Airing both in the US and UK on Christmas Day, in Doctor Who: Last Christmas, it’s Christmas in the North Pole and the Doctor (Peter Capaldi) and Clara (Jenna Coleman) are joined by Santa Claus (Nick Frost) and some grumpy elves for an all-new adventure. It is the tenth Christmas special since the show’s revival in 2005, and the first full Christmas special to feature the Twelfth Doctor.
During this interview with press to promote the upcoming special, showrunner Steven Moffat talked about why Doctor Who and Christmas have a special relationship, the challenges of plotting and planning a Christmas special, why it took so long to use Santa Claus as a plot point, how Nick Frost came to be cast in the role, the Doctor’s view on Santa Claus versus Robin Hood, getting more clarity on where the relationship between the Doctor and Clara stands now, why companions typically end up being contemporary characters, his fondest memories of writing his five Christmas specials, and the best Doctor Who merchandise he’s received. Check out what he had to say after the jump.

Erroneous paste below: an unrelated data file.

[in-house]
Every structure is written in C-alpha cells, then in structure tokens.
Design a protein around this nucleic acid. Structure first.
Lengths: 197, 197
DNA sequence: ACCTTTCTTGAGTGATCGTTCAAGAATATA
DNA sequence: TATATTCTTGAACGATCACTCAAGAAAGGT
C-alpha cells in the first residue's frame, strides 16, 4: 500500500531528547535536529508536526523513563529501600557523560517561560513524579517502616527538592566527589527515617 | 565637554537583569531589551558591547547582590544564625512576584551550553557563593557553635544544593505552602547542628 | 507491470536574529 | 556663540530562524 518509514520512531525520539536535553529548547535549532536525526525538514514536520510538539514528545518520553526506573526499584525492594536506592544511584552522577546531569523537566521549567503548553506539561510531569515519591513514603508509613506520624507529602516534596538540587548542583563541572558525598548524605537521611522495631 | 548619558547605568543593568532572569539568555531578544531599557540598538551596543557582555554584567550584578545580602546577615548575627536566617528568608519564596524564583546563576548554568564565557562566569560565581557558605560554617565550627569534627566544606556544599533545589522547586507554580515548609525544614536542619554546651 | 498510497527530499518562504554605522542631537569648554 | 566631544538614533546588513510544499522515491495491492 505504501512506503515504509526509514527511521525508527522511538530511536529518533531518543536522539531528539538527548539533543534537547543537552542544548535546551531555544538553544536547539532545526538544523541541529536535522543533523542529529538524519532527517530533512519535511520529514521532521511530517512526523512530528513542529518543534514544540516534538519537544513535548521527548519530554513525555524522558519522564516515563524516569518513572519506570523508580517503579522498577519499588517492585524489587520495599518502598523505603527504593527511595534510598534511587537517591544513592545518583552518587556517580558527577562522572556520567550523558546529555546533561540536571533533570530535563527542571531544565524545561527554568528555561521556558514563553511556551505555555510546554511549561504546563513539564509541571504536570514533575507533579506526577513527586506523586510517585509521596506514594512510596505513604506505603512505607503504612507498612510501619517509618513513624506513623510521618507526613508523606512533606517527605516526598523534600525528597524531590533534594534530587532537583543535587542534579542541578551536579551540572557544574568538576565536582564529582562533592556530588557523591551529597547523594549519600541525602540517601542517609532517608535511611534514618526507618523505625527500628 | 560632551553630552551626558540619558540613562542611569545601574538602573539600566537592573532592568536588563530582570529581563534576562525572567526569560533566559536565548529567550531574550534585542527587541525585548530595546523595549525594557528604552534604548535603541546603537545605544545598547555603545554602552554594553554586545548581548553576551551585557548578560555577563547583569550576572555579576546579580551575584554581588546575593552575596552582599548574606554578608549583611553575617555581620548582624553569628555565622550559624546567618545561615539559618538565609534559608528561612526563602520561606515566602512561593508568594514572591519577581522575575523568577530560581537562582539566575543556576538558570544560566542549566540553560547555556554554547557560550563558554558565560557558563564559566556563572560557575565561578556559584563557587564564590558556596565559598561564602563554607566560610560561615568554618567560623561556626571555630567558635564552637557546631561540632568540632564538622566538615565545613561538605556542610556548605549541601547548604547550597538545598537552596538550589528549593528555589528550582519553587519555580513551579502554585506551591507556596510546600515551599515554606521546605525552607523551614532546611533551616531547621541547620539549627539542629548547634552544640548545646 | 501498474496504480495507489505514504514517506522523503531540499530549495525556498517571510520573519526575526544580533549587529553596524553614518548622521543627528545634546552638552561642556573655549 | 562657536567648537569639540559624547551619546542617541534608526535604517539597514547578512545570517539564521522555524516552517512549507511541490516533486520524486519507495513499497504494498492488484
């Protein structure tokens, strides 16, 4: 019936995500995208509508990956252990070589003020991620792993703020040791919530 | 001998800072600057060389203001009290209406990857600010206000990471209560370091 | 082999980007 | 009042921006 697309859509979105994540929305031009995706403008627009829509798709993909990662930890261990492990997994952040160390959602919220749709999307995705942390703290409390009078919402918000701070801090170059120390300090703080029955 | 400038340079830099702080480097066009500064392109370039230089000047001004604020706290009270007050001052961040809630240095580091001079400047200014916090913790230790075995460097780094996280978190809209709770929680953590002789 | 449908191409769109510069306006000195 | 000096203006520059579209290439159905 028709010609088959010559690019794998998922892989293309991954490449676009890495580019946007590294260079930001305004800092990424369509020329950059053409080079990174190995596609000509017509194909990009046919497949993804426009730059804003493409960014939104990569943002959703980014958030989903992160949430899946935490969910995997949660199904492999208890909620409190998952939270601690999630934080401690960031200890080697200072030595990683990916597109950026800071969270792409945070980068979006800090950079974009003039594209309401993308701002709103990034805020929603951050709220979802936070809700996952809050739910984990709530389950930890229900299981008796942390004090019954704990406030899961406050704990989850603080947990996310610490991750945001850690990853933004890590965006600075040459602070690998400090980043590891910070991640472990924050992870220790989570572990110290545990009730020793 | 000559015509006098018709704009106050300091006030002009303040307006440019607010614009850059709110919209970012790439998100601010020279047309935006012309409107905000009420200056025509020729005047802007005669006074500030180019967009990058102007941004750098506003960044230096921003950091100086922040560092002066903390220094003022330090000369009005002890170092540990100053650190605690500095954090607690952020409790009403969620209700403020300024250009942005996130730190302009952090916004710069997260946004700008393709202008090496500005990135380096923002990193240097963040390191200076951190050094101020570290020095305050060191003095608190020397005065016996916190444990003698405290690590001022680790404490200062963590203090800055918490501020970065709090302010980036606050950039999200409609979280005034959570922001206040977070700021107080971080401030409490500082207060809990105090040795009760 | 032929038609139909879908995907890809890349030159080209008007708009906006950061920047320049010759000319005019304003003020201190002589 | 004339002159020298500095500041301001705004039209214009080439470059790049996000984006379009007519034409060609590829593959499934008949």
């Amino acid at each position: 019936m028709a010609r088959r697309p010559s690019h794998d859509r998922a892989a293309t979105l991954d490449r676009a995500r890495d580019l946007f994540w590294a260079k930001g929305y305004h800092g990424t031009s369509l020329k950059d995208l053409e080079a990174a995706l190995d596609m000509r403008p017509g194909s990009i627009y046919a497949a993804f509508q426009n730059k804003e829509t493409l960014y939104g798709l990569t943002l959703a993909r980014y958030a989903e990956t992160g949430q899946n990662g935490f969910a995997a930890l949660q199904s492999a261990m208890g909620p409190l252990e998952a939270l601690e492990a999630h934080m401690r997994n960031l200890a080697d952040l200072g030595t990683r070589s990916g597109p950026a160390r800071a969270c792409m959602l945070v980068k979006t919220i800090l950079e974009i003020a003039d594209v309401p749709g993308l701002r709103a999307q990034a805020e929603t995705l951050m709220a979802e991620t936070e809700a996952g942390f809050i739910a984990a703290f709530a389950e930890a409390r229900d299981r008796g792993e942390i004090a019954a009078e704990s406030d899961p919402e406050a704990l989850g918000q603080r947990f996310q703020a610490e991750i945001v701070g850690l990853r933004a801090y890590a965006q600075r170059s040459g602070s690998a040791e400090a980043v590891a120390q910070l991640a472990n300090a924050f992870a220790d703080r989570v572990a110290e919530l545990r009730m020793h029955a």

Question: Doctor Who and Christmas seem to have a special relationship and really compliment each other. Why do you think that is?
STEVEN MOFFAT: Doctor Who isn’t like other sci-fi shows because it’s more magical than that. It’s a magic man in a magic box, dressed up in sci-fi language. Aesthetically, it feels like something closer to Narnia, at times. It’s not all the way to Narnia, but it’s closer to that tradition. It’s a big-hearted, optimistic show that does, of course, have monsters that want to commit genocide of the entire universe, but apart from that, it is a big-hearted, optimistic show. It features, at its core, this improbable man with a time machine who does feel like the science fiction equivalent of Santa Claus. It’s also, certainly in Britain, a show that is beloved by families. Families watch it together, and Christmas is about family. It’s not a show that children tolerate for their parents, or that parents tolerate for their children. It’s a show that the entire family utterly engages in. So, it feels fairly right for Christmas day.
As a fan, when did you first start noticing that connection?
MOFFAT: I think I always had a vague wish that Doctor Who would meet Santa Claus, when I was a kid, but I never thought about it more than that. The classic series once has a Christmas episode purely by accident because it happened to fall on Christmas day. The first time I thought about a Christmas special was when Julie Gardner told me that they were going to do David Tennant’s first episode as a Christmas special on Christmas day, and I thought it sounded wonderful. I thought Doctor Who would improve any day.